Hannah did what the helpless do: “Hannah rose and presented herself before the Lord… She was deeply distressed and prayed to the Lord, and wept bitterly” (1 Sam 1:9-10). Anguished prayer is weakness splayed all over the floor. Eli the priest observed her, and assumed she was drunk. Then he took pity on her. Or perhaps he realized he was witnessing what every priest longs to see: a soul entirely abandoned to God. He blessed her. And then this woman, with no natural strength in her womb, conceived and bore a son, Samuel.

The Promise Kept

     The mind-boggling wrinkle in Hannah’s story, though, isn’t the seemingly miraculous birth. What staggers us is that she kept an outlandish promise she had made in her desperation. Trying to coax God into giving her a child, she pledged to give that child right back to God. She could easily have reneged on the deal once she cradled her precious son in her arms, nursing him, giggling with glee over his arrival. He was all she’d ever wanted. And in those days, a son was your social security, the one a woman needed to care for her in old age.

     But she took the boy to Shiloh, and left him there to serve in the temple as an apprentice to Eli. What more poignant words are there in all of Scripture than these? “She left him there for the Lord” (1 Samuel 1:28). The world says Grab the gifts you can, hang on to them, accumulate strength and resources. But Hannah, instead of clinging tightly, opened her hands, and let go of the best gift ever. She chose to return to her weak, vulnerable state. “She left him there for the Lord.”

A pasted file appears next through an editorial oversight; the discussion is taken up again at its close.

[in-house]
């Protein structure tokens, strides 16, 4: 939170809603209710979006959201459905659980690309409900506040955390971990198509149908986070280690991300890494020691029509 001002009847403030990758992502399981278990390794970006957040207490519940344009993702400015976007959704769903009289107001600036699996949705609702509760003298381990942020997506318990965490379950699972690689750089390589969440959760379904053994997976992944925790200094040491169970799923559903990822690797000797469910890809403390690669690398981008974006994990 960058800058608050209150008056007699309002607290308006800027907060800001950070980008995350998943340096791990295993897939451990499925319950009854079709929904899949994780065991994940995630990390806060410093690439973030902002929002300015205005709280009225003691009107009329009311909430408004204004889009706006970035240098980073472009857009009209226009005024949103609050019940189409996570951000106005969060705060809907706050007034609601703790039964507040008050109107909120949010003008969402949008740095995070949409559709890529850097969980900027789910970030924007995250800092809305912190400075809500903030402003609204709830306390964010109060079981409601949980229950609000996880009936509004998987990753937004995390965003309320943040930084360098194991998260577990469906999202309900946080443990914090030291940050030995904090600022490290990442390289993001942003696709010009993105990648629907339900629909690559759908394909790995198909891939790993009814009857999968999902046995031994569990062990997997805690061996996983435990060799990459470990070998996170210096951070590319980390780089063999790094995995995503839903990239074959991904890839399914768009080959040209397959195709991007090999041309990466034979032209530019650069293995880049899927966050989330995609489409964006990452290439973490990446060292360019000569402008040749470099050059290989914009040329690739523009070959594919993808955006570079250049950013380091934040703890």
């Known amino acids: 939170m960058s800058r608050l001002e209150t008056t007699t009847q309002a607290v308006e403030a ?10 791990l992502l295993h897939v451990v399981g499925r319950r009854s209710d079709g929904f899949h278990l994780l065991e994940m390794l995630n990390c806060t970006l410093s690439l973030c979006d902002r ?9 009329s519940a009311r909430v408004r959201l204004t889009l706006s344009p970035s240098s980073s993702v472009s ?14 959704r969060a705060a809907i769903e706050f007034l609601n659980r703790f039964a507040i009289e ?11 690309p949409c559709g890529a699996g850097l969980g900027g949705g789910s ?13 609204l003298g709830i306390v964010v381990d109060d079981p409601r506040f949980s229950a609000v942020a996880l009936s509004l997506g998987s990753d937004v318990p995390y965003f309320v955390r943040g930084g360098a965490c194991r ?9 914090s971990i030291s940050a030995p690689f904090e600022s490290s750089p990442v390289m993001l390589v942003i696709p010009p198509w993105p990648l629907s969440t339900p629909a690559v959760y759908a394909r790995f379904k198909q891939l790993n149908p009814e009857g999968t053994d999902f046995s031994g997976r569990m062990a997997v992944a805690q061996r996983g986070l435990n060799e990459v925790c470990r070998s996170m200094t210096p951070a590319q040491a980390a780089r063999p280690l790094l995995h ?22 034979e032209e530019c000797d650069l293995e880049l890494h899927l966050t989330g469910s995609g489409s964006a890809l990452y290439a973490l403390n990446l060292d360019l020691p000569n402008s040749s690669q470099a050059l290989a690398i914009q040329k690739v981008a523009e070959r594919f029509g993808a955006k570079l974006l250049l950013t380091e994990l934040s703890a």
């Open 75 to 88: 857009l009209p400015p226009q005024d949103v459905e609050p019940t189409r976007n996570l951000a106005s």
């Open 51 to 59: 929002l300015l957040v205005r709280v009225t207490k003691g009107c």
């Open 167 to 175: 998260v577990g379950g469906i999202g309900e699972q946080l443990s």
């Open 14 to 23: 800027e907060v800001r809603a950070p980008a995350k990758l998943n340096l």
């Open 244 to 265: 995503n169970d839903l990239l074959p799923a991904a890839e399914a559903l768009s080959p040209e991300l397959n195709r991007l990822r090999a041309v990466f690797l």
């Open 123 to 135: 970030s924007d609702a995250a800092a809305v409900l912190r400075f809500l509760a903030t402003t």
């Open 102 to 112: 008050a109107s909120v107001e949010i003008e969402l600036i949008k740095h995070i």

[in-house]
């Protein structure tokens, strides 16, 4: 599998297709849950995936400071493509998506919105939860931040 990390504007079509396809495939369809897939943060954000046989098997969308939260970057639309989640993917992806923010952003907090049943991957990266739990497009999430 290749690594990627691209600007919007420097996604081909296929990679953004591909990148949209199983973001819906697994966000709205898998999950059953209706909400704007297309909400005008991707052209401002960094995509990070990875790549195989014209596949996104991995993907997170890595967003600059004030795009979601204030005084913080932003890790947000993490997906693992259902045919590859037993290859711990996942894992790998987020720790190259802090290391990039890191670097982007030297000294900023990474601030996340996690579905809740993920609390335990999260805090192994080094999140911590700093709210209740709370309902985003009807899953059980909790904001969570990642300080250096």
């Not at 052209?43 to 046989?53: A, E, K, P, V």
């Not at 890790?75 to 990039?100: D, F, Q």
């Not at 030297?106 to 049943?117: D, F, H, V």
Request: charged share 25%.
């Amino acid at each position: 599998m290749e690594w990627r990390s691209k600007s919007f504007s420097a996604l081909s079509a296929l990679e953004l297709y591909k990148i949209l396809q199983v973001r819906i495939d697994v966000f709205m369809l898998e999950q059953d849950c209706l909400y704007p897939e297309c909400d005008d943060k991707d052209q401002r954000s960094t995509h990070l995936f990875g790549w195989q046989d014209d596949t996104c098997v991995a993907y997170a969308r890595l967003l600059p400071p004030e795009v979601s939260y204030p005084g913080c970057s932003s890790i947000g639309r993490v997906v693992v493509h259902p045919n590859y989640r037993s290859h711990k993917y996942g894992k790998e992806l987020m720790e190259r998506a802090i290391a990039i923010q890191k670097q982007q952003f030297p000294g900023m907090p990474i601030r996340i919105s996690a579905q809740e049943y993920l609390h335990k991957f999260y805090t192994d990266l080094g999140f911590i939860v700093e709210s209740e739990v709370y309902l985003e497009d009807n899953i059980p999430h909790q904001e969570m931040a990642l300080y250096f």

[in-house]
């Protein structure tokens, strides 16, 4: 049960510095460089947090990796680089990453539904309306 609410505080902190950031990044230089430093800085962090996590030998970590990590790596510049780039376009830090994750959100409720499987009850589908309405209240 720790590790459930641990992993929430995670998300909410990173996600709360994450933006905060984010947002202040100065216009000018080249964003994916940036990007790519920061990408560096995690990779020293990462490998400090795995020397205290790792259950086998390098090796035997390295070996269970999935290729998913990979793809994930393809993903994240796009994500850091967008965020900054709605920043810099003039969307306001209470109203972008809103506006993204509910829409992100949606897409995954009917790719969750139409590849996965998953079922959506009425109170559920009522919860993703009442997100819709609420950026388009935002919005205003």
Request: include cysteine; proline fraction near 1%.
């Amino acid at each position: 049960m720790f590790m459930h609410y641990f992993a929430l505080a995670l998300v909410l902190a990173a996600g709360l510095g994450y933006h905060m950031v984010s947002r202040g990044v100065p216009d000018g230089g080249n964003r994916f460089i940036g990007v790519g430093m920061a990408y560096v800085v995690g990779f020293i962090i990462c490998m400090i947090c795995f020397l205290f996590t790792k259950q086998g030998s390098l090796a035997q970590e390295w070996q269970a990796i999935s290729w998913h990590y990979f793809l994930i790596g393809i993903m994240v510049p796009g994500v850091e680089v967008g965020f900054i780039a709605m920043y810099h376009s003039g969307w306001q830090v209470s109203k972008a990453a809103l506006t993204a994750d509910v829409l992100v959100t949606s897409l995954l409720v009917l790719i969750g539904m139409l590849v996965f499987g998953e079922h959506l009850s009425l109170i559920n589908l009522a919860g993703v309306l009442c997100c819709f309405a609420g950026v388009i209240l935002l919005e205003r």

There is a kind of holy leading the world will never understand. After his election, Pope Francis handed back the powers of the papacy he’d just won, riding in a Ford Focus instead of the papal limousine, moving into a guesthouse instead of the Apostolic Palace, wearing a simple cassock instead of regal finery. Henri Nouwen left a faculty position at Harvard to live in a L’Arche community in Canada, where his job was to care for a single, severely handicapped young man named Adam. Maybe the most effective pastor I’ve ever known declined multiple promotions, quietly mentored dozens of young clergy, and in her parishes she happily beamed offstage as her laity excelled as they never had before.

   Imagine all those obscure people who have led so marvelously that we have never heard of them. Leadership is letting go, a refusal of possession, control or manipulation, an offering to God. Letting go must be the secret to leadership, since it is the secret of all of life; the results are those immeasurables, like contentment, gratitude, and the flourishing of others.

    I love Wendell Berry’s novel about a Kentucky farm mother, Hannah Coulter, who muses, “The chance you had in life is the life you’ve got. You can make complaints about what people, including you, make of their lives after they have got them, and about what people make of other people’s lives, even about your children being gone, but you mustn’t wish for another life. You mustn’t want to be someone else. What you must do is this: ‘Rejoice evermore. Pray without ceasing. In everything give thanks.’ I am not all the way capable of so much, but those are the right instructions.” Leaders let go of fantasies and selfish wishes, resentments and any sense of entitlement or deserving. How counter-cultural! Leaders can be content; we already have enough, and so we are freed for joy. Who wouldn’t follow a leader to a place of joy?

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 My little book of theological reflections on lines and characters in Christmas carols might bless your people and your preaching! Why This Jubilee?: Advent Reflections on Songs of the Season.